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Mahesh Anand and Major Verma have a number of things in common. One: Both are in the army; both are from well-off families; and both look-alike. When Major Verma is missing, believed dead during a war, Mahesh is asked to convey this news to his family. Upon arrival, he is mistaken for Major Verma. He meets with Verma's mom, Mrs. Verma, as well as his ailing wife, Ruma. Unable to break the news of Verma's death and shatter their fragile world, Mahesh gets mistaken as Verma and is welcomed home. This creates complications in Mahesh's life as his sweetheart, Meeta, thinks that Mahesh no longer loves her. Then Ruma finds out that her husband is in love with another woman. Mahesh finds himself in a deep quandary, for he is unable to confide to anyone, and the only one who can assist him find his way back to his own life and family - is Major Verma. Written by
Hum Dono (1961) is a classic and one of the most popular movies of the evergreen hero - Dev Anand. This is the golden jubilee year of its release (50 years completed). Last year, I had heard about the release of its colour version. I don't know whether it has been released or not. If released, I would love to watch it.
Written by Dev Anand's younger brother - Vijay Anand and directed by Amarjeet, Hum Dono is a movie of a lifetime. It's studded with sentiments, melody, curiosity and touching performances of the lead characters - Dev, Saadhana and Nanda. Dev Anand is in a double role with different get-ups for both the roles. Dashing, as he always was (in his youth), Dev has made this movie an unforgettable one for his fans and for those also who are not his fans.
Hum Dono (both of us) starts with the poverty of Anand (Dev Anand) which threatens to snatch the love of his life, Meeta (Saadhana) from him. He joins army, leaving his widow mother (Leela Chitnis) behind who is taken care of by Meeta now. On the war front, he happens to meet - Major Varma (Dev's double role) who is his look alike but for the difference of the mustache and the ever-present cigar in his lips. The twist in the tale comes with the return of Anand to his home but with the sad news of Major Varma's death in the war which he has to break to his wife, Ruma (Nanda). Due to similar looks, Ruma mistakes him for Major Varma, her husband and seeing her emotions, Anand is not able to gather courage for breaking the sad news to her. On the other hand, Meeta who has left her parental home to take care of his mother (now dead) misunderstands him. How Anand is able to resolve this fix and the movie reaches its happy ending, is a treat to watch.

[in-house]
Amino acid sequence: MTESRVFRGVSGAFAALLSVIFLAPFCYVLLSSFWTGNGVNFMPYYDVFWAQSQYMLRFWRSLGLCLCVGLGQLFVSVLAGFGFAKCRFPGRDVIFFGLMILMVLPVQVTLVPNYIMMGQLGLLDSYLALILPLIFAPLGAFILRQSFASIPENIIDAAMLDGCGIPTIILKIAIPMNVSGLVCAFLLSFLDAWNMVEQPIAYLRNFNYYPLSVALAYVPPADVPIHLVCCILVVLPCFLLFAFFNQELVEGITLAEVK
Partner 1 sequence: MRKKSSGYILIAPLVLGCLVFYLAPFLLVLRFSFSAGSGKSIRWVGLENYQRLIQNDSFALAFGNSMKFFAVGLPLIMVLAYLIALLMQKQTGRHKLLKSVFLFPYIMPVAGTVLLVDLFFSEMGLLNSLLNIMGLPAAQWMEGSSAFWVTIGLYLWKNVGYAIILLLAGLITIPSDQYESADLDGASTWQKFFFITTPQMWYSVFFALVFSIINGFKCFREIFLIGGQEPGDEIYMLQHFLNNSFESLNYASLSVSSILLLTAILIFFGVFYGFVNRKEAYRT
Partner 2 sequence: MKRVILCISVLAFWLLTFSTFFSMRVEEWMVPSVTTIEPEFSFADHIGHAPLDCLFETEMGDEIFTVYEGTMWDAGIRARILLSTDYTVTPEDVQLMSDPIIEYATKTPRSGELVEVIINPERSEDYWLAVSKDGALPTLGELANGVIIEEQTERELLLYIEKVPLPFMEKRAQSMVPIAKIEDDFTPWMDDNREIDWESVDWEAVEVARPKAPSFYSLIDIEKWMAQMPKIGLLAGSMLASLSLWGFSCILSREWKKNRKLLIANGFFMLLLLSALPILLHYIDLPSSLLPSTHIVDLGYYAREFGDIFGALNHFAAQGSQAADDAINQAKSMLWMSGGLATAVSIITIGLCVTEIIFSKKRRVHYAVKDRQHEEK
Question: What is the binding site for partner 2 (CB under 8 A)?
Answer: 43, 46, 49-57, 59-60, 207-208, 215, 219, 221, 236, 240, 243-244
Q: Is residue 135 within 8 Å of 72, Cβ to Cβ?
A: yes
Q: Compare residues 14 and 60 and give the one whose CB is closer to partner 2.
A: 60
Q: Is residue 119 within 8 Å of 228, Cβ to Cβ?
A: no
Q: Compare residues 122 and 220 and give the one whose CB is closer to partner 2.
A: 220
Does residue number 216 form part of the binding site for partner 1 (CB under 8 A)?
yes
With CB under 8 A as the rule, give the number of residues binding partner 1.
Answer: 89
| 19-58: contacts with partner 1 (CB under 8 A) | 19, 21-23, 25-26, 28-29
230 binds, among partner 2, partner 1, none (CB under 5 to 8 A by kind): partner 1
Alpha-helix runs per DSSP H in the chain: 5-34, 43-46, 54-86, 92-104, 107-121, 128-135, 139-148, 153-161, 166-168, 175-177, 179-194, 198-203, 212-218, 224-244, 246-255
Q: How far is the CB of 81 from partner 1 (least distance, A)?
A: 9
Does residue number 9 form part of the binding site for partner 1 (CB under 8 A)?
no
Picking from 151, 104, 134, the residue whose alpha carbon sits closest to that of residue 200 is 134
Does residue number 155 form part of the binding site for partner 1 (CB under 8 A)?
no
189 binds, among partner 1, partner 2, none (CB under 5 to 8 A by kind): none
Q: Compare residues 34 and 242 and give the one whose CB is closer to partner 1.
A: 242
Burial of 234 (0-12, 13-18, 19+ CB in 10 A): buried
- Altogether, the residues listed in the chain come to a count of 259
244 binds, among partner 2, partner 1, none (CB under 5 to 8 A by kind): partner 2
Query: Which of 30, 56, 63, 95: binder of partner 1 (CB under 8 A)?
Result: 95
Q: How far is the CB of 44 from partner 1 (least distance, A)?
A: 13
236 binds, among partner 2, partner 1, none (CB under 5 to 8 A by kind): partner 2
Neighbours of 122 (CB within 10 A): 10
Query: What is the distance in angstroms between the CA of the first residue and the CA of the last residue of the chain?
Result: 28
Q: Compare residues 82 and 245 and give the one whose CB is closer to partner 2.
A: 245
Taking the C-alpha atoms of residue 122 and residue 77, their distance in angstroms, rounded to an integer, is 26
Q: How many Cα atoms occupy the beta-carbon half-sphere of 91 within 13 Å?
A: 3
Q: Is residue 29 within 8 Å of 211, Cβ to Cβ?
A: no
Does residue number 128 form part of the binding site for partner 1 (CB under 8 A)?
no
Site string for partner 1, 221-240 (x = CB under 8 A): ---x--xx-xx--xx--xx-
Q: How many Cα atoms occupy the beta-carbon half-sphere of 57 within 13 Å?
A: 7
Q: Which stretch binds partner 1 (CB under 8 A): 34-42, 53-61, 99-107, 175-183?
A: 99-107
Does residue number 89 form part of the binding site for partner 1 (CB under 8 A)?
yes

Hum Dono starts in a highly romantic mood with the song - Abhi Na Jaao Chhod Kar Ki Dil Abhi Bhara Nahin but soon the serious tone of the movie overtakes the romance. The song - Main Zindagi Ka Saath Nibhata Chala Gaya and thereafter, Kabhi Khud Pe Kabhi Haalaat Pe Rona Aaya spread the sadness in the heart of Anand to the hearts of the audience. I am sure, several viewers may find themselves able to identify with the song - Main Zindagi Ka Saath Nibhaata Chala Gaya (just like me). But we are also able to see the importance of Zinda Dili or ability to laugh in adversity and grief through the character of Major Varma. Ultimately, if you have to live and drink the poison of life, why not do it with smiles and laughs ? After the twist in the narrative, the emotions of the aggrieved wife of Major Varma, Ruma are also felt by the audience and that's how we are able to empathize with the kind-hearted Anand who is finding himself unable to break an innocent heart, i.e., the heart of Ruma. The director has done an outstanding job. It's a movie which appeals right from the start to the finish. And that's what a classic is all about.
Jaidev's music (alongwith Saahir's lyrics) is the biggest asset of Hum Dono. All the songs are immortal, may it be Lata's most popular devotional song - Allah Tero Naam or the classic romantic duet of Rafi and Asha - Abhi Na Jaao Chhod Kar Ki Dil Abhi Bhara Nahin. But my favourites are Rafi's gems - Main Zindagi Ka Saath Nibhaata Chala Gaya and Kabhi Khud Pe Kabhi Haalaat Pe Rona Aaya. The latter is, in fact, a Ghazal.
Technically the movie is perfect. The black and white environment is able to exasperate the gloom of the narrative properly. There is no boredom, no undue dragging and no nonsense (coincidences of the main story can't be considered as out of sense). Cinematography is brilliant. The picturization of the song - Main Zindagi Ka Saath Nibhaata Chala Gaya is an example of innovative thinking.
Dev Anand has marvelled in double role and it is easily one of his finest performances. His different expressions for both the characters in the song - Kabhi Khud Pe Kabhi Haalaat Pe Rona Aaya is something unforgettable. Saadhana and Nanda have done exceedingly well. Leela Chitnis is also perfect as Anand's mother.
I suggest Dev Anand to stop making poor quality movies and instead, devote his time, energy and zeal in converting his black and white blockbusters into their coloured versions. Hum Dono is a treat to watch. A standing example of quality cinema produced by Bollywood.
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